Over at, Malcolm Berko tells what happened next:

Nobody at Quaker Oats could have anticipated the mass idiocy of American consumers. One guy had over 10,000 deeds and wanted to convert them into one single piece of property that would be a little less than a quarter-acre. And Quaker received thousands of letters from consumers who wanted to mine their 1 square inch for gold. However, mineral rights were not included in the deeds, and if gold would have been discovered, it would not have accrued to the deed holders.

Quaker Oats never paid taxes on the Yukon land, so in 1965 the Canadian government reclaimed it. Which means that anyone who still has one of those land deeds no longer has any claim to the tiny plot of land. However, the deeds themselves have appreciated considerably in value as collector's items.

I've previously posted about a similar publicity stunt: when MGM gave away, in 1947, 1-acre plots of New Mexico desert in order to promote the movie The Sea of Grass.

Posted By: Alex - Sat May 28, 2016 - Comments (5)
Category: Real Estate, 1950s

The Pretzel Bikini


Original ad here.

Posted By: Paul - Sat May 28, 2016 - Comments (6)
Category: Fashion, Food, Pop Art, 1960s

May 27, 2016

Circular Drive-in

In 1973, Lloyd Honey opened the Tricircle drive-in movie theater. It was the first-ever circular drive-in. The advantage of this was that it allowed x-rated movies to be shown, because the picture couldn't be seen from surrounding areas. This circular design was marketed as "Visible X" technology, but it doesn't seem to have caught on.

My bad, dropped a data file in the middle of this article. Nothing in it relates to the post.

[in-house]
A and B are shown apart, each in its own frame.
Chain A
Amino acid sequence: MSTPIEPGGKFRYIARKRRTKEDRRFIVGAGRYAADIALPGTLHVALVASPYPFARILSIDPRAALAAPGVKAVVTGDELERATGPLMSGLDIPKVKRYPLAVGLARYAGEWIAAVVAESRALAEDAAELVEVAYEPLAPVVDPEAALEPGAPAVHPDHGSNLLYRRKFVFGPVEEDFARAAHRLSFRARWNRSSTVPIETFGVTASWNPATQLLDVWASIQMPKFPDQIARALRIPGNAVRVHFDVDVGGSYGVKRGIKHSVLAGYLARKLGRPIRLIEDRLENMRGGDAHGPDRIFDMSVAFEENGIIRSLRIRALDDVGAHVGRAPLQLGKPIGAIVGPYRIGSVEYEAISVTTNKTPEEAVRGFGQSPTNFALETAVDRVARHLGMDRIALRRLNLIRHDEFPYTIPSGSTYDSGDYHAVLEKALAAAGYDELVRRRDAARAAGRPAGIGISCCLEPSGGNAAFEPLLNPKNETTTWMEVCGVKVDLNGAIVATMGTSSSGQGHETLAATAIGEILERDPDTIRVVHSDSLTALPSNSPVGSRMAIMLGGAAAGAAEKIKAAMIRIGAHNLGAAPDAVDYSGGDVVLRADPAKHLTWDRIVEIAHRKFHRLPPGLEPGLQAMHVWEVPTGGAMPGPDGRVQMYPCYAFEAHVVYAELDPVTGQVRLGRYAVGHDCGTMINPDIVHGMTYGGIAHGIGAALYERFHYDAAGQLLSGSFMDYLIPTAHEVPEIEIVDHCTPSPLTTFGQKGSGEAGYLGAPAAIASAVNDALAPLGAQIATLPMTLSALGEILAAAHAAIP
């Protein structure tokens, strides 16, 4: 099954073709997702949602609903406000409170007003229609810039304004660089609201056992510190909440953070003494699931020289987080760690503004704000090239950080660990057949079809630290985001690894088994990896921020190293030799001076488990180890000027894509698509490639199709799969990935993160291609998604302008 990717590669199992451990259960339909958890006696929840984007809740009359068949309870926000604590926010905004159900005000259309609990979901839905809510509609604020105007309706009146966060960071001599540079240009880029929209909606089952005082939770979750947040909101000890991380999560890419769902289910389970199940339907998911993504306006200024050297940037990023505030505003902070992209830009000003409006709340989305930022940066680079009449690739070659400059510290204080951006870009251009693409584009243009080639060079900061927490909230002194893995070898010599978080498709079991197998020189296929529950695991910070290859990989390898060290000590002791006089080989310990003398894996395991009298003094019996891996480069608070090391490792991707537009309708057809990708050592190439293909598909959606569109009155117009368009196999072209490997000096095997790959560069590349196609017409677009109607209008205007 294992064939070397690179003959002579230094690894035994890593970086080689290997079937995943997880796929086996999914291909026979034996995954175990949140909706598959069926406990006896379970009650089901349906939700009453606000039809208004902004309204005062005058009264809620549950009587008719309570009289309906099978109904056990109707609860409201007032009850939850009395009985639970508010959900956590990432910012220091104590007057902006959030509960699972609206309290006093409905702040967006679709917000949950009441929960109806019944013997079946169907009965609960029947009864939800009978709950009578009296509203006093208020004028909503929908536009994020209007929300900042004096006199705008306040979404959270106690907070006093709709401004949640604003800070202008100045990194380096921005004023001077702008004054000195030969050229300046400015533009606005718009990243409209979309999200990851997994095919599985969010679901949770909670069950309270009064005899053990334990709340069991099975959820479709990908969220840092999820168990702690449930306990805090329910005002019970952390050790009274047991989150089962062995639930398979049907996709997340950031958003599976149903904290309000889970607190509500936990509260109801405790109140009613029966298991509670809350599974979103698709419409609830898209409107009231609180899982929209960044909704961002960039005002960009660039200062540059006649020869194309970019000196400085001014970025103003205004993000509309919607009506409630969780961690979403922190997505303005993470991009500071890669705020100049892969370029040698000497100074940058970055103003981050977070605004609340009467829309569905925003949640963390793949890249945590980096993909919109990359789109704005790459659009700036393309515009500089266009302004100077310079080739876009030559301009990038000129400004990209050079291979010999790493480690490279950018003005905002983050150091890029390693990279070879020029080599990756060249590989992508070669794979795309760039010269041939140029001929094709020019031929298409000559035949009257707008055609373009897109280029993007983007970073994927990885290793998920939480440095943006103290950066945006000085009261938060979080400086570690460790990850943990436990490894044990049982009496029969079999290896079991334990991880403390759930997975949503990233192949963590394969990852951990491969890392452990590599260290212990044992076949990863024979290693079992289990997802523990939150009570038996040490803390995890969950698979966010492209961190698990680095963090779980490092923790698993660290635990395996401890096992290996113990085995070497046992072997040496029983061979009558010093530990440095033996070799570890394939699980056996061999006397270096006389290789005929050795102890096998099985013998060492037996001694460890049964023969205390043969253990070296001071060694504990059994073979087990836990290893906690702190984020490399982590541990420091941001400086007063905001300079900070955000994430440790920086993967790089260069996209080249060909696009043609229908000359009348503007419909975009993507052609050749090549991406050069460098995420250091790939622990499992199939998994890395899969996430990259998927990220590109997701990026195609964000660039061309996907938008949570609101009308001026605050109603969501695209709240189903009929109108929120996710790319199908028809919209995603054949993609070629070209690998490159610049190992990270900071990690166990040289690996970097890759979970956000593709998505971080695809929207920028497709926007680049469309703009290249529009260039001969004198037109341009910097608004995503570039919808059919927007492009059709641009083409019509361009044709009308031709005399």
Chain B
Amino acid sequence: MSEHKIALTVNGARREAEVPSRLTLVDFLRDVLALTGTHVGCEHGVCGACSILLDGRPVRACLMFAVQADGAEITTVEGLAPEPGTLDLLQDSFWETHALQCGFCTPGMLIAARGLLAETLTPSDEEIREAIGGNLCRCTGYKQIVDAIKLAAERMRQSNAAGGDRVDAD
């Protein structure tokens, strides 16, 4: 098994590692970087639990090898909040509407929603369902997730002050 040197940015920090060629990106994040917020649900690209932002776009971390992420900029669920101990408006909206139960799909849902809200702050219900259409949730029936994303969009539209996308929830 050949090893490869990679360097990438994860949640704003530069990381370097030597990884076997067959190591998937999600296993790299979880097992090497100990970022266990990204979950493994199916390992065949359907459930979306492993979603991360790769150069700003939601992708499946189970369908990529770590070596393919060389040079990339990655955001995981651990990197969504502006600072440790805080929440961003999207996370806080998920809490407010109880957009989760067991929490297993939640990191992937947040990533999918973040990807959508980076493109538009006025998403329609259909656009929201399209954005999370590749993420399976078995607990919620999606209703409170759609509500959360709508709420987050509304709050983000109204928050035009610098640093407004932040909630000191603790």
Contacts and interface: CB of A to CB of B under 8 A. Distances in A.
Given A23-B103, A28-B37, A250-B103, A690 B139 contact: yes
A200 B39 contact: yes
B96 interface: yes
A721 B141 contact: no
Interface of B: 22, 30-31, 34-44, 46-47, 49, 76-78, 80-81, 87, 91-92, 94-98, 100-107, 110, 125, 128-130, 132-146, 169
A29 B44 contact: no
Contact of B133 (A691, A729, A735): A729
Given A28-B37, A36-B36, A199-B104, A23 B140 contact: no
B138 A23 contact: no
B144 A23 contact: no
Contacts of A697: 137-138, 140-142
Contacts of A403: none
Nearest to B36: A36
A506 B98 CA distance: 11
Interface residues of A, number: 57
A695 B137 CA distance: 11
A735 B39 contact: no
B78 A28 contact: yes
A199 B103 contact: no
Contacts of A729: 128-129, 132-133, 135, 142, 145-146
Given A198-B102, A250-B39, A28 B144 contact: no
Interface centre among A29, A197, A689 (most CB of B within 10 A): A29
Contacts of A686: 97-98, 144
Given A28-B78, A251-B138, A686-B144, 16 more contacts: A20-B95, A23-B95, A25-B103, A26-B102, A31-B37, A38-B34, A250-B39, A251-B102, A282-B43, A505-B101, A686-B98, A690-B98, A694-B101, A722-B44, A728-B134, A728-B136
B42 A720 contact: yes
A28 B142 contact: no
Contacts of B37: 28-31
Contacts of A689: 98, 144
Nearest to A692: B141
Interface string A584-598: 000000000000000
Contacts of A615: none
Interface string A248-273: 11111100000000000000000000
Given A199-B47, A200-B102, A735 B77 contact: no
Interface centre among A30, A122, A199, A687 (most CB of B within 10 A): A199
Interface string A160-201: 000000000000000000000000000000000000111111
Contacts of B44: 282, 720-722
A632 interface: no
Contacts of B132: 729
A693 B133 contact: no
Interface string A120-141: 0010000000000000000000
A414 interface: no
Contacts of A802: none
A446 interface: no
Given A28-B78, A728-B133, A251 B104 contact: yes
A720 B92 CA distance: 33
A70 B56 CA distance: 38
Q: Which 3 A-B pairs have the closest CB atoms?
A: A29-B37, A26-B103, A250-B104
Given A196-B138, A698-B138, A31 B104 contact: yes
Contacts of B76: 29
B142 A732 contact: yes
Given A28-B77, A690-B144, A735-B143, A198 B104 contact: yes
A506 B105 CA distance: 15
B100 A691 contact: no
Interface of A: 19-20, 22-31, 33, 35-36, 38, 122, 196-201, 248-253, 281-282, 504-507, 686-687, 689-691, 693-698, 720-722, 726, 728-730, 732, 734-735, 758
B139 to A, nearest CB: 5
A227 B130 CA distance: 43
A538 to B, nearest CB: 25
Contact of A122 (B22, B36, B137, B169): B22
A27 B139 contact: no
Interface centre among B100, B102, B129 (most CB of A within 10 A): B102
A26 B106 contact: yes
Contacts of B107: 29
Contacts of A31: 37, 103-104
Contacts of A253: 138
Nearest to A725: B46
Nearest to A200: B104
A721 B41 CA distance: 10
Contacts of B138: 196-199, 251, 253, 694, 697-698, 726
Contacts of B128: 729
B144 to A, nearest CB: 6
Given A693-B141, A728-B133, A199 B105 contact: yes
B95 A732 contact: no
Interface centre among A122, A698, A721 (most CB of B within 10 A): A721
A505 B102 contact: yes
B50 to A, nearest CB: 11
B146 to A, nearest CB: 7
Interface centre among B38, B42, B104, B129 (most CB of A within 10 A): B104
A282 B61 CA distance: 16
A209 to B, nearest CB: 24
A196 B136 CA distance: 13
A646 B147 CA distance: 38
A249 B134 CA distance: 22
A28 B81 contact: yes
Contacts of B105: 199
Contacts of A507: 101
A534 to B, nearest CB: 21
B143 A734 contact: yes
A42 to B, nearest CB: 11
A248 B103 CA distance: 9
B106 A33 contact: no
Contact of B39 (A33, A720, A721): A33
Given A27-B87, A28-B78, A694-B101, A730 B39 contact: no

More info from Drive-In Theaters by Kerry Segrave:

Lloyd Honey of [Richland, Washington] already owned a couple of standard-size drive-ins in the area when he opened a miniature one on May 30, 1973. It was circular in shape, with 120 individiual screens each of which was 3 by 4 feet, a sixty-inch diagonal. The projection booth was located in the center of the circle, 165 feet from the viewing area. Using 120 lenses and reflecting mirrors, the image was back-projected to all the screens. Sound was picked up on the car radios. Honey said that this theater — built at a cost of $70,000 — needed just two people to operate it. While not designed specificially for X-rated films, this new theater "could very well show them," Honey conceded. He claimed that it was the "first of its kind on the West Coast." It was also the last.

According to, the Tricircle was torn down at some point, and there's now a Wal-Mart on the site.

Boxoffice magazine - Oct 20, 1975

Posted By: Alex - Fri May 27, 2016 - Comments (9)
Category: Movies, 1970s

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Alex Boese
Alex is the creator and curator of the Museum of Hoaxes. He's also the author of various weird, non-fiction books such as Elephants on Acid.

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Paul has been paid to put weird ideas into fictional form for over thirty years, in his career as a noted science fiction writer. He has recently begun blogging on many curious topics with three fellow writers at The Inferior 4+1.